Leyton Conservation Area

The Council is proposing to designate part of Leyton Town Centre as a Conservation Area. The area stretches from Buckingham Road (Coronation Gardens) along the High Road as far as Leyton Underground Station

What is a Conservation Area?

It is an area of special architectural or historic interest. The special character can include buildings, parks and open spaces, trees and landscaping, paving and street furniture etc.

This part of Leyton is of particular historical interest and includes two grade 2 statutorily listed buildings (Leyton Library and the old Leyton Torn Hall), the locally listed building at 267 High Road (formerly Barclays Bank) and the Victorian Coronation Gardens.

Extra Planning Protection

Conservation area designation gives broad protection to an area, and all features within the area are recognised as part of its character. The Council, as the local planning authority, would have extra powers to control works to protect, or improve, the character or appearance of the area.

Exhibition at Leyton Library

There will be a public exhibition in the foyer of Leyton Library from 18 February until 18 March. Council officers will be present on the following days to answer any questions:

Tuesday 19 February – between 4 and 7pm

Wednesday 28 February – between 11am and 2pm

Comments

Any comments should be received by Friday 15 March, and should be sent to:

MAIL: Jacinta Fisher, Conservation Officer, London Borough of Waltham Forest, Room GO8, Sycamore House, Town Hall, Walthamstow, E17 4JF

E-MAIL: urbandesign@walthamforest.gov.uk

TELEPHONE: for any questions call Jacinta Fisher on 020 8496 6737

Old Leyton Town Hall – public house licence approved

Application Numbers: 2012/1444 & 2012/1445/LB

Location: former Leyton Municipal Offices

Description: Change of use of ground floor and basement on the High Road frontage from restaurant (use class A3) to drinking establishment (use class A4) and formation of bin store on the Adelaide Road frontage.

Public House application approved with many conditions relating to the building’s listed building status. Full details can be seen on the council’s website, by quoting the application numbers on the Planning Explorer.

Planning change ‘recipe for disaster’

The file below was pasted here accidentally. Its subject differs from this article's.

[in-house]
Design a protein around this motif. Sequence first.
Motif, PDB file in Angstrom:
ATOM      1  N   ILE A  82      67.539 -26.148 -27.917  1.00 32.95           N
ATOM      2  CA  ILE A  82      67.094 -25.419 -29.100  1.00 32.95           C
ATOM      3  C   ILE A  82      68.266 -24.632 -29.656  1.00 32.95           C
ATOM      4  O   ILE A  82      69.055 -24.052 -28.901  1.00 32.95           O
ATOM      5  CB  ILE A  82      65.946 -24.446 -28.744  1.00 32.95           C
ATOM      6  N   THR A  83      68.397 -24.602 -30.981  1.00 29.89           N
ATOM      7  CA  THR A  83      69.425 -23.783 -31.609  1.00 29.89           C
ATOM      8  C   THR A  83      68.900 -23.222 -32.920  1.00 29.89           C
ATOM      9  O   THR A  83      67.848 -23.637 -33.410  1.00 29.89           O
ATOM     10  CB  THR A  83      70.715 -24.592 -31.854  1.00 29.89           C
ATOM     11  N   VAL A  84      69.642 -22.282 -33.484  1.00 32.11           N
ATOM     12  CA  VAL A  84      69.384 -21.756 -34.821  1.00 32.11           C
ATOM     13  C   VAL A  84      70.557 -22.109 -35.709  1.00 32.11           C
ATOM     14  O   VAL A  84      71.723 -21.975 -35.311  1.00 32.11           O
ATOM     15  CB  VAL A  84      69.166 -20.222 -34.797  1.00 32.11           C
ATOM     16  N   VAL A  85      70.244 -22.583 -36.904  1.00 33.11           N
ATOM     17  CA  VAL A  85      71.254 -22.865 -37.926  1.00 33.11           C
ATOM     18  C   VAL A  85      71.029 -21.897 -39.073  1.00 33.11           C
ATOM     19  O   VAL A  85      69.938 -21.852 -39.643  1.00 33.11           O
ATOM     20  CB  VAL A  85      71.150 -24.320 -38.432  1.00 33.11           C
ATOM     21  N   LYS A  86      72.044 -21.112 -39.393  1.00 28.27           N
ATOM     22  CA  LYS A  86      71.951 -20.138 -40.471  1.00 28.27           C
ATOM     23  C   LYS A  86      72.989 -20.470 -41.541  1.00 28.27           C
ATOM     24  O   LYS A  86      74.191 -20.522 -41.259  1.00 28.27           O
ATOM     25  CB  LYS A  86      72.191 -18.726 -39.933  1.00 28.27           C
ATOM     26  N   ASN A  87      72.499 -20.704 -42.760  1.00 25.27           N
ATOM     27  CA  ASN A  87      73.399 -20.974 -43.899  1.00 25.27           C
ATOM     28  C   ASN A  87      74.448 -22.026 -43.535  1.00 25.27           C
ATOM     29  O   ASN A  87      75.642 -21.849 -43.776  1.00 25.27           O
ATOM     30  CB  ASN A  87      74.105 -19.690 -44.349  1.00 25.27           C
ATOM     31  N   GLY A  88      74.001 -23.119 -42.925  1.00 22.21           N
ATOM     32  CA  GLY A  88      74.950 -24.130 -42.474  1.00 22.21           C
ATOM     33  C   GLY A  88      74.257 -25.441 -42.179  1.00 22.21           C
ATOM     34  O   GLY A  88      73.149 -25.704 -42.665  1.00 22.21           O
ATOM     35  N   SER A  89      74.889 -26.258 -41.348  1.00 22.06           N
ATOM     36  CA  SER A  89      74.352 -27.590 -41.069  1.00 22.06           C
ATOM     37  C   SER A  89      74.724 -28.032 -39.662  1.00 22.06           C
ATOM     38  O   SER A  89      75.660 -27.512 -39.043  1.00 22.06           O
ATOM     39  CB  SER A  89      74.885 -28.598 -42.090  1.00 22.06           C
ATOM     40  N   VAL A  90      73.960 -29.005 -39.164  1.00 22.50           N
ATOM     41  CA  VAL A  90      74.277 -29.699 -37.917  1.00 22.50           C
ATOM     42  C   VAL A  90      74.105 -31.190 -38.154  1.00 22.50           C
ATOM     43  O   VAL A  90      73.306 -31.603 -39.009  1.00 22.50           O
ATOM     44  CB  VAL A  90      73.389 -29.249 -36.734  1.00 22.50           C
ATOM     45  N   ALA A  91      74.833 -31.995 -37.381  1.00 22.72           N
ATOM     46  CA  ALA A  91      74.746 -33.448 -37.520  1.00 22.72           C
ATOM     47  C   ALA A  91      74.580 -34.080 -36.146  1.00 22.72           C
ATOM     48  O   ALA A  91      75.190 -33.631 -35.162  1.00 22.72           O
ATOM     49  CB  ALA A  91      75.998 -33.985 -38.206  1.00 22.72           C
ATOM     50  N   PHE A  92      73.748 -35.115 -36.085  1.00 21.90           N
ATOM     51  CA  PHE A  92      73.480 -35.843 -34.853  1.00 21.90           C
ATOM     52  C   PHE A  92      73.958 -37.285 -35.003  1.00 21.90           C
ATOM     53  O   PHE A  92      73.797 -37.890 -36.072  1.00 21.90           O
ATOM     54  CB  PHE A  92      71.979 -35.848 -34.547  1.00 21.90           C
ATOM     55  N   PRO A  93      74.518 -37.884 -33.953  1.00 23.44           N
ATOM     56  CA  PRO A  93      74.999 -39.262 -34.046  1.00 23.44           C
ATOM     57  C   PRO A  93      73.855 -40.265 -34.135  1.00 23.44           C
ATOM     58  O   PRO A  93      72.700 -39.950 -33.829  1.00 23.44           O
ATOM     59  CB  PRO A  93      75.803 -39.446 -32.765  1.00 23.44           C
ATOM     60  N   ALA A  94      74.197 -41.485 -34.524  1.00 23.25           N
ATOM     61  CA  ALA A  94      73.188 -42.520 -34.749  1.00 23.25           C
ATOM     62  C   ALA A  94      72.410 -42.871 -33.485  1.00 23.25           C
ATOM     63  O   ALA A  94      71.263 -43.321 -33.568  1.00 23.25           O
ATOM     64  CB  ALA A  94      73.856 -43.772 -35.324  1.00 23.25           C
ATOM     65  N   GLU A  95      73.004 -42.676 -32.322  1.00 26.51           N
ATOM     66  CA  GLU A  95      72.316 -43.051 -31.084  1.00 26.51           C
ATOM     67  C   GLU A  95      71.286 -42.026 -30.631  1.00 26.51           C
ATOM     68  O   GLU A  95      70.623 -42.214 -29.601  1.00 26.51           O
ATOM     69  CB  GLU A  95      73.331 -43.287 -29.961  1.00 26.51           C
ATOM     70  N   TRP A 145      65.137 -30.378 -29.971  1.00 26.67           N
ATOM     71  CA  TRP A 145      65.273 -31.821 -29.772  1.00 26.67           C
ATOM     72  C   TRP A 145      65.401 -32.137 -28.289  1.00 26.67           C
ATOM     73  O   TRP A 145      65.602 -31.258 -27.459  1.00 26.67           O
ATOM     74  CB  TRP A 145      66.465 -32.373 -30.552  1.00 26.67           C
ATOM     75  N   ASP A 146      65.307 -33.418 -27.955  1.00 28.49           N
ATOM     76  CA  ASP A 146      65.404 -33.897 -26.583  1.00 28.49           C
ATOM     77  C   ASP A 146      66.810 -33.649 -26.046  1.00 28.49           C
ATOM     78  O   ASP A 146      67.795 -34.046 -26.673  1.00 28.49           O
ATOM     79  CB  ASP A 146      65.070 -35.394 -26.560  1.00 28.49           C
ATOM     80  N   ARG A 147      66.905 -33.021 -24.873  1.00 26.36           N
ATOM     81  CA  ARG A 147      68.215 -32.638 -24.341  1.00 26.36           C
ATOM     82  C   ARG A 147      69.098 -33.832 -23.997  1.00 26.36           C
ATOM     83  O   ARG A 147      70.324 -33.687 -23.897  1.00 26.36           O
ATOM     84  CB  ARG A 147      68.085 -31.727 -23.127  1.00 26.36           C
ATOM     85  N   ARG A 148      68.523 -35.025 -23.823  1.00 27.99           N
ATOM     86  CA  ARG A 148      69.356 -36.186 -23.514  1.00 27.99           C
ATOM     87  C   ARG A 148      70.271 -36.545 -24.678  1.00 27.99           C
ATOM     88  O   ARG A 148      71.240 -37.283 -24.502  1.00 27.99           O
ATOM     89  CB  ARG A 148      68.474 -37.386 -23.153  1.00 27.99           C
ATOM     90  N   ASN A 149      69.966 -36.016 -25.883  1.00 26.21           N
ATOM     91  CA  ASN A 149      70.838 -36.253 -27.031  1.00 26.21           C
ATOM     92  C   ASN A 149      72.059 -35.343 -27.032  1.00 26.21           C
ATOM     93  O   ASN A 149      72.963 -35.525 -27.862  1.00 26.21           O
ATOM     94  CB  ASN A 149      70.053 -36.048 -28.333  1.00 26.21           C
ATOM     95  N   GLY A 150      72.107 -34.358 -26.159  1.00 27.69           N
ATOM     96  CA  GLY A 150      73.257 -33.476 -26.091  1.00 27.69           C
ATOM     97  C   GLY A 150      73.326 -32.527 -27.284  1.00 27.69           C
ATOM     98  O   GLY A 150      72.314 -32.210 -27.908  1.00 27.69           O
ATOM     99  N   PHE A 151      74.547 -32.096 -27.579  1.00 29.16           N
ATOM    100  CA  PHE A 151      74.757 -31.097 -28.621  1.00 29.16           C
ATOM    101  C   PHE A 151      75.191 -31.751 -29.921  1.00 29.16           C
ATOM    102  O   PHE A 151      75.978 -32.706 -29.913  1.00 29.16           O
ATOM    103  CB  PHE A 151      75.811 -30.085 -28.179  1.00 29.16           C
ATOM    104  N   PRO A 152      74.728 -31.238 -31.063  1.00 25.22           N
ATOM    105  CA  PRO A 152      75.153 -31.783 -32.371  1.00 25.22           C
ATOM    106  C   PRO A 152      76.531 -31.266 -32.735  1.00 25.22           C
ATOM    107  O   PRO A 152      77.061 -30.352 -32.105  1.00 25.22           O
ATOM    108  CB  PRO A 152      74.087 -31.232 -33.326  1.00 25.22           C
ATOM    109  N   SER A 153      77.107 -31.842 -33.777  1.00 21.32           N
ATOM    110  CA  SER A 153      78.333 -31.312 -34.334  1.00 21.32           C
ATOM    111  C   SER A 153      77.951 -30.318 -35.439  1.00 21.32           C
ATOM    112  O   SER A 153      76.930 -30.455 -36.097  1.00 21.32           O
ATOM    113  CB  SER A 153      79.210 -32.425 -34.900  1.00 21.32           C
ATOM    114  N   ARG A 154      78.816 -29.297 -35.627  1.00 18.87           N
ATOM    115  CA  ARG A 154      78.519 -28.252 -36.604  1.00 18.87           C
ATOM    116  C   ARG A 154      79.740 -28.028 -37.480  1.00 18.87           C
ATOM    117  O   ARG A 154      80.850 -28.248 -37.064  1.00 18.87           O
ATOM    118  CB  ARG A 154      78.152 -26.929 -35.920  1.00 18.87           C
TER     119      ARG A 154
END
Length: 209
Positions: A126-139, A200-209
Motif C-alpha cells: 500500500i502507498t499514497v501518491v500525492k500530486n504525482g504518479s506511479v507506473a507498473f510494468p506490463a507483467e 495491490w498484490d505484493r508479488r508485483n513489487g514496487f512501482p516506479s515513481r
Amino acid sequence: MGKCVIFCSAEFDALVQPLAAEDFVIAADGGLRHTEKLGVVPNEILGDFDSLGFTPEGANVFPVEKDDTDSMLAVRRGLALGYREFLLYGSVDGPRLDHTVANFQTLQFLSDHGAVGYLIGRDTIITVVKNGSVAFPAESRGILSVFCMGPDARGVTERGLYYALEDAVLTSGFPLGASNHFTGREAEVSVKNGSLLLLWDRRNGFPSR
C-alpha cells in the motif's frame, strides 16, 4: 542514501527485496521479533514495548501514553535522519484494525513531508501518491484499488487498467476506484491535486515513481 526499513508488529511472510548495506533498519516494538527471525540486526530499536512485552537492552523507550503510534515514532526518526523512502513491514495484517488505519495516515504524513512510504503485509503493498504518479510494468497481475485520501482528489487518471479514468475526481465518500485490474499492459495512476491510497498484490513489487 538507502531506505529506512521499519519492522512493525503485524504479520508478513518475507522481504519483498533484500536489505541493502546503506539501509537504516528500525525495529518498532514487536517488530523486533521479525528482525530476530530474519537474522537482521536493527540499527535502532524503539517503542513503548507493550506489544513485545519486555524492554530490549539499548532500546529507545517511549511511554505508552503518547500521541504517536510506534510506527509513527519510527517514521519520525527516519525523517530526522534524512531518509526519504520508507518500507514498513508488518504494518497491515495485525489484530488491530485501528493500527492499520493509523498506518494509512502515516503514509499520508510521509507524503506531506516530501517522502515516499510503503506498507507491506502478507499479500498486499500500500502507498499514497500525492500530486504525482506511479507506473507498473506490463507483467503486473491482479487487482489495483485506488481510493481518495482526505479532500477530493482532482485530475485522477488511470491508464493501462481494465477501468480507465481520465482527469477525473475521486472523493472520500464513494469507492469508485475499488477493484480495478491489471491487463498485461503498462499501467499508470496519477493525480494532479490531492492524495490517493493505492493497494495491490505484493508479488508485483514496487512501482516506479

Waltham Forest Lib Dems warn government that planning change ‘recipe for disaster’

Waltham Forest Liberal Democrats have criticised Government proposals to relax planning laws for a three-year period and labelled them a ‘recipe for disaster’. The Lib Dems successfully passed a motion at full council receiving cross-party support to oppose the changes proposed by the government.

The Government announced in the summer plans to kick start the building industry.  A public consultation was launched to extend the exemption for planning permission for home extensions of up to 6 metres.  Legislation currently allows for extensions up to 3 metres to avoid the planning process.  If the proposals became law, owners of street properties could find their rear windows flanked by six-metre extensions on both sides, plunging them into darkness for most of the day.

Developers could be allowed to by-pass planning controls to fast-track commercial and housing applications. Business premises would be able to expand by 100sq metres and industrial units by 200sq metres. Offices would be permitted to convert to residential use all without planning permission, irrespective of the impact they would have on a neighbourhood.

Waltham Forest Liberal Democrats fear the plans will potentially block out light, split communities, damage conservation policies and do nothing to encourage economic growth locally that is not achieved already.

The Government’s proposals are currently out for consultation.  Liberal Democrats at their annual conference also rejected the move overwhelmingly.